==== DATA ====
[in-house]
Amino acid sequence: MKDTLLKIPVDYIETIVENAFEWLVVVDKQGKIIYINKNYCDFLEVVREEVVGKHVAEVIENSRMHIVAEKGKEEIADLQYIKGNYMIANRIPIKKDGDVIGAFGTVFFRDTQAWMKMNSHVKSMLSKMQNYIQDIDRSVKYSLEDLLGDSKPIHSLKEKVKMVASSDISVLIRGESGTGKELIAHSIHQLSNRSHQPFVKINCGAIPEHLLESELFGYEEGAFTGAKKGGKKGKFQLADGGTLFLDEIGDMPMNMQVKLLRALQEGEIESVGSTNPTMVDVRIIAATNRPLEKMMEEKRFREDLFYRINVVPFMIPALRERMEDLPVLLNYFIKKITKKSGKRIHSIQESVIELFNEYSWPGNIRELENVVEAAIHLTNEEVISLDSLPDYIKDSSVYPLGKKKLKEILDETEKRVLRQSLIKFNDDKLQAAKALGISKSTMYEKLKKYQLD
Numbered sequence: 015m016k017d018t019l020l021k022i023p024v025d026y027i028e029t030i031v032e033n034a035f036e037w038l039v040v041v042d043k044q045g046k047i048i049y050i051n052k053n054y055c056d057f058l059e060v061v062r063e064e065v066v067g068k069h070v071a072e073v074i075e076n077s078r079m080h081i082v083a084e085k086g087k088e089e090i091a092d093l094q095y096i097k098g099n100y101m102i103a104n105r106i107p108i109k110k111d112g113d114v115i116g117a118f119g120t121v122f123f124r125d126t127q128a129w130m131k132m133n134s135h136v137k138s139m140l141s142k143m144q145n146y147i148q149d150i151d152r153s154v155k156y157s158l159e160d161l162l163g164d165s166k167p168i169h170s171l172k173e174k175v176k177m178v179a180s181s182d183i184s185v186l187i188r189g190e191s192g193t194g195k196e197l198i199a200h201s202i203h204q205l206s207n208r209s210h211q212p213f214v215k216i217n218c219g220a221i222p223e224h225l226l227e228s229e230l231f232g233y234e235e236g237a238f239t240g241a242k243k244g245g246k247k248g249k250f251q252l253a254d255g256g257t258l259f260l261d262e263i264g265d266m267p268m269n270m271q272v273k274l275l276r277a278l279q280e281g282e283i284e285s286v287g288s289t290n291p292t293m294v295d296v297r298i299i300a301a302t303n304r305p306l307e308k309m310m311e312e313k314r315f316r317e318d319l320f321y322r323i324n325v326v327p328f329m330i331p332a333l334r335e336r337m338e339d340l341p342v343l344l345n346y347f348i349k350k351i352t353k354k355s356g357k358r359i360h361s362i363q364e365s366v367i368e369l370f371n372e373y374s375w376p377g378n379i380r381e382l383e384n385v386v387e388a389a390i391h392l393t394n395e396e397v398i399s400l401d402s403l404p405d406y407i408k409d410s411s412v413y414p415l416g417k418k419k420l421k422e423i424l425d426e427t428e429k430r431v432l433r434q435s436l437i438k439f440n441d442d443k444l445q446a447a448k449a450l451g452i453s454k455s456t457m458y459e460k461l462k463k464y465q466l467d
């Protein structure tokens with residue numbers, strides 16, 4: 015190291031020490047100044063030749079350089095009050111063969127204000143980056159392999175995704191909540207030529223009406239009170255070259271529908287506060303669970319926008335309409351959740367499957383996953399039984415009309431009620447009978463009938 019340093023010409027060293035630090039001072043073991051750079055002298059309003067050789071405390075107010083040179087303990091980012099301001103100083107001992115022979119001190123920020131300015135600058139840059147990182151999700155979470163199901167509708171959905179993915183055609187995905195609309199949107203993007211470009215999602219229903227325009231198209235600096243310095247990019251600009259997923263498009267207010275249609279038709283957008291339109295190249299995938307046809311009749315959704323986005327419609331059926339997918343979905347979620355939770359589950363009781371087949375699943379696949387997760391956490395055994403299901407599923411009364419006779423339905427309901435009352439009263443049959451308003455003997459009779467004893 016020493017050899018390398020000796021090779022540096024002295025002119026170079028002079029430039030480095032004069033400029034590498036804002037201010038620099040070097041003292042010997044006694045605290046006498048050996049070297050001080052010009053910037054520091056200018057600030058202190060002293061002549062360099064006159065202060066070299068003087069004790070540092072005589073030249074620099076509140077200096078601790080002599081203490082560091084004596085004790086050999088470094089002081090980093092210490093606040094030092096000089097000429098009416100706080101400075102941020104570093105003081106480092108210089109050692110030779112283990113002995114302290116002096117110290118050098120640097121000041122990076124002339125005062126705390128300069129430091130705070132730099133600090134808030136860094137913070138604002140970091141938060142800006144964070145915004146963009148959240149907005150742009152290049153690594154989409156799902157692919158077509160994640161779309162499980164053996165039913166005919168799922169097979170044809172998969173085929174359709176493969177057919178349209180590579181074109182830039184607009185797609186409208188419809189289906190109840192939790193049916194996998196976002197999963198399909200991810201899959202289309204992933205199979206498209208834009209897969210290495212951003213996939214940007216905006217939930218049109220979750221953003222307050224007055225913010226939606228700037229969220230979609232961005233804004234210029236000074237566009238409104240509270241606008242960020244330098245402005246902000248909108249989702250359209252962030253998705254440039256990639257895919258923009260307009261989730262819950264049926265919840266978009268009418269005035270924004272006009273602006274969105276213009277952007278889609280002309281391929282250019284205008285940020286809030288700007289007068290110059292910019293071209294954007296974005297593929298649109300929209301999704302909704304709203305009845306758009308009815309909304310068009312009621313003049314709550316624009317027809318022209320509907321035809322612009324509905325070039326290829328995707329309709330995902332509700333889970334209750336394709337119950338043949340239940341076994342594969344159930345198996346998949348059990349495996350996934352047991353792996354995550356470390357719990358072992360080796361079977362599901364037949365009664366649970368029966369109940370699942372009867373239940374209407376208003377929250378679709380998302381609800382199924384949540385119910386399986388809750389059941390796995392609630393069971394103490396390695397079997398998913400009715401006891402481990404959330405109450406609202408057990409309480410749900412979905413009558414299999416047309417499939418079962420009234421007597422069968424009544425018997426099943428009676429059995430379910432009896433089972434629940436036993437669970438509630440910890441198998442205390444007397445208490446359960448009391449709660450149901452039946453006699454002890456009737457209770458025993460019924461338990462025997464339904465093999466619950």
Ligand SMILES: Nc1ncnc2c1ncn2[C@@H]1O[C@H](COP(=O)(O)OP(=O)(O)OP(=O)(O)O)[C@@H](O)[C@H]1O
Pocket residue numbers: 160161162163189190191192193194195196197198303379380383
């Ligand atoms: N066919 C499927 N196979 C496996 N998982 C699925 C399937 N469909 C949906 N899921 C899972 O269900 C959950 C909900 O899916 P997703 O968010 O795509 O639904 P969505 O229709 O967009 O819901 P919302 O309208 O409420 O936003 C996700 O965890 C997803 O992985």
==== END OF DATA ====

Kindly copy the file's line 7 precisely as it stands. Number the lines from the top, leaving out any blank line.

């Ligand atoms: N066919 C499927 N196979 C496996 N998982 C699925 C399937 N469909 C949906 N899921 C899972 O269900 C959950 C909900 O899916 P997703 O968010 O795509 O639904 P969505 O229709 O967009 O819901 P919302 O309208 O409420 O936003 C996700 O965890 C997803 O992985």